Feeling agitated or adventurous? Enter Tornado Country to witness the fury of Spin Doctor as he analyses the ins and outs of the modern world, tears down old preconceptions, and glimpses into history with an eye on the future.

Going Cashless: Eliminating Privacy And Personal Agency

[Cont’d from Part 3] … Making tangible cash obsolete would be an efficient way to handle monies, but it’s also as communist, sovietized and totalitarian as it gets.

I’m not sure if the economists and other specialists don’t get it, or if they’re playing the fools. They probably just want to get on with it, augment their industry, if not the whole system, and keep things moving.

The problem is that the price is too high. It violates the tenets of free society, trading human agency with centralized and total control from above.

It’s the stuff of nightmares and dystopian (cautionary) books, disguised as progress. The intent may not be totally malicious (many people are just doing their jobs, pursuing what they think is the right, natural course of progress) but even so, the potential for abuse is unmistakeable. The costs do outweigh the benefits. To grant full control of citizens’ monetary assets to third parties is like eliminating privacy and personal agency. Monitor everyone’s every move and transaction. Seize control of their capacity to function as individuals, make everything traceable and manageable again.

It’s a terrible idea leading to all kinds of problems. The future behind it is not viable. If you respect freedom and individual agency, you cannot support such an approach. The economy needs to keep up with progress, yes, and electronic and digital transactions need to become a major part of the system, no doubt, but to ditch cash altogether, placing money behind technological firewalls, is a scam. A dystopia. We’re talking societies in the image of 1984 and Fahrenheit 451.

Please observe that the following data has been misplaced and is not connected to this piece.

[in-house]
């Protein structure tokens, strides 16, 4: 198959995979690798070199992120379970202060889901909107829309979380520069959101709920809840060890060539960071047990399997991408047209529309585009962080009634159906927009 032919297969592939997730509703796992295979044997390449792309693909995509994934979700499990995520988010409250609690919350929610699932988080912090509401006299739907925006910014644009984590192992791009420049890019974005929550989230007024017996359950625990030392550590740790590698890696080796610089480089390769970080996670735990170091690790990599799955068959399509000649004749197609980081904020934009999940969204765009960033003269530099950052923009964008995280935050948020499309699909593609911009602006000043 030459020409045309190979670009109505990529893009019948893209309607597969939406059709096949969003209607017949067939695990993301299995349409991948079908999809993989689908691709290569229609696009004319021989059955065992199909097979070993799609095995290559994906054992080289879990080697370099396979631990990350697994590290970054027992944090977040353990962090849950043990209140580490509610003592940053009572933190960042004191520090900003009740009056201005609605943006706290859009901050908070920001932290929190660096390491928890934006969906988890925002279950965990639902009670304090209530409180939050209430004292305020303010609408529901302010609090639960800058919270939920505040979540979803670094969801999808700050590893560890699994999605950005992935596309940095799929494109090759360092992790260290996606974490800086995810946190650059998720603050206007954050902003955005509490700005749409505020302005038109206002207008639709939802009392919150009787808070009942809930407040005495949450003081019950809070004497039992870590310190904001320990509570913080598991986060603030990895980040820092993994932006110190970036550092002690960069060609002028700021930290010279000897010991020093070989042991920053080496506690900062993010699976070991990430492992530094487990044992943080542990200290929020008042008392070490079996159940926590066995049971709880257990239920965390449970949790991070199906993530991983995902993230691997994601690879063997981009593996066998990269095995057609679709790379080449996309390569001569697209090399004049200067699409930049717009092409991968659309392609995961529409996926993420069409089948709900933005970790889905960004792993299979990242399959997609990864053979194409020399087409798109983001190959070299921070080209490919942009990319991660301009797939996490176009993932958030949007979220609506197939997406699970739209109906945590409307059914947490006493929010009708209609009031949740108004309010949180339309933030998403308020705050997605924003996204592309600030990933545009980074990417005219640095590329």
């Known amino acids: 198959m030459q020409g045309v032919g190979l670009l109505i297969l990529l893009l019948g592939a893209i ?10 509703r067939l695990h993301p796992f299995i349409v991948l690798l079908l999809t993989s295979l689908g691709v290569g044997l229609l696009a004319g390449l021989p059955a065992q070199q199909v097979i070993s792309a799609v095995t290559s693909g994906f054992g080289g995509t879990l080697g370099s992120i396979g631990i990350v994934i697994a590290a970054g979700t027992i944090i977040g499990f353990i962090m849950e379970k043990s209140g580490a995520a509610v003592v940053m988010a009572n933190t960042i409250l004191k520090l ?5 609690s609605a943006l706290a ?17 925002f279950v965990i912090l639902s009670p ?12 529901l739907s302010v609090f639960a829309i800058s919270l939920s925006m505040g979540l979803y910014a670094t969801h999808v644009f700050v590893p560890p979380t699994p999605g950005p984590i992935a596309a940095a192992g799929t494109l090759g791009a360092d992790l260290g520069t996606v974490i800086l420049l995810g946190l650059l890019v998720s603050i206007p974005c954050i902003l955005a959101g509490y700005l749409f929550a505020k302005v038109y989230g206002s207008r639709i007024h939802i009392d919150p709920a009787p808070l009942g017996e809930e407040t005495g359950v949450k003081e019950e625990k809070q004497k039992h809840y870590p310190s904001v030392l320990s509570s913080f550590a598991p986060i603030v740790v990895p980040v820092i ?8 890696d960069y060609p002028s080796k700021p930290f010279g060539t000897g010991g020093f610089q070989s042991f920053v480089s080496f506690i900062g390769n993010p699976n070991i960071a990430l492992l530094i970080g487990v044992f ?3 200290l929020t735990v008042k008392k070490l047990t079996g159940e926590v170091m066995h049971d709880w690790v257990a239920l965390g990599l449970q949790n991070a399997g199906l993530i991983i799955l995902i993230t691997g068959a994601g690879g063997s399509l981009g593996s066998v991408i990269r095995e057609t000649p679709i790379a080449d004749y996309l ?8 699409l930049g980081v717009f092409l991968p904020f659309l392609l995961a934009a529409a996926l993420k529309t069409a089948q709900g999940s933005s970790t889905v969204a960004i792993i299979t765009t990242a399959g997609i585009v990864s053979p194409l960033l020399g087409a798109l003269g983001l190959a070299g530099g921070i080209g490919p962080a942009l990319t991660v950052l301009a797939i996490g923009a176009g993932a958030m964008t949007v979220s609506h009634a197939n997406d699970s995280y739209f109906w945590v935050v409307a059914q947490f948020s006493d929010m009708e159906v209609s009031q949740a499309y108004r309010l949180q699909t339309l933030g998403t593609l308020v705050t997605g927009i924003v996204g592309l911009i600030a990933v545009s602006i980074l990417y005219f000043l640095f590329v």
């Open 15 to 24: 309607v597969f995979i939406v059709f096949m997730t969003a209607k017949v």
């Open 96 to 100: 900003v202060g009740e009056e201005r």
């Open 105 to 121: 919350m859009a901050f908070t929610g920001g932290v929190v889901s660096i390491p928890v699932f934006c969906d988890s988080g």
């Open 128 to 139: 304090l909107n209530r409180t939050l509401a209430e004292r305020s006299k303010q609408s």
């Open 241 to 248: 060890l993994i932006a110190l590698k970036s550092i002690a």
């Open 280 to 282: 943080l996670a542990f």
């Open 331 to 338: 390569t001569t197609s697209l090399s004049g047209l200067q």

Sure, it won’t be as bad as that at first. The transition will feel natural, and life will go on seemingly smoothly. The problems will surface gradually, organically, with the coming generations whose outlook will be limited by this arrangement. Their social contract will have accepted pack and parcel the notion that their money is not theirs to keep or store, emphasis on store. A generation raised on this principle will face problems down the line. The system will have been rigged, tampered with, the founding principles of an open society compromised. The way will have been paved for the gatekeepers to apply pressure, using their privilege to commandeer those over whose assets and livelihoods they have total control.

Let’s pause for a moment to examine the definition of totalitarianism …

Part 5 to follow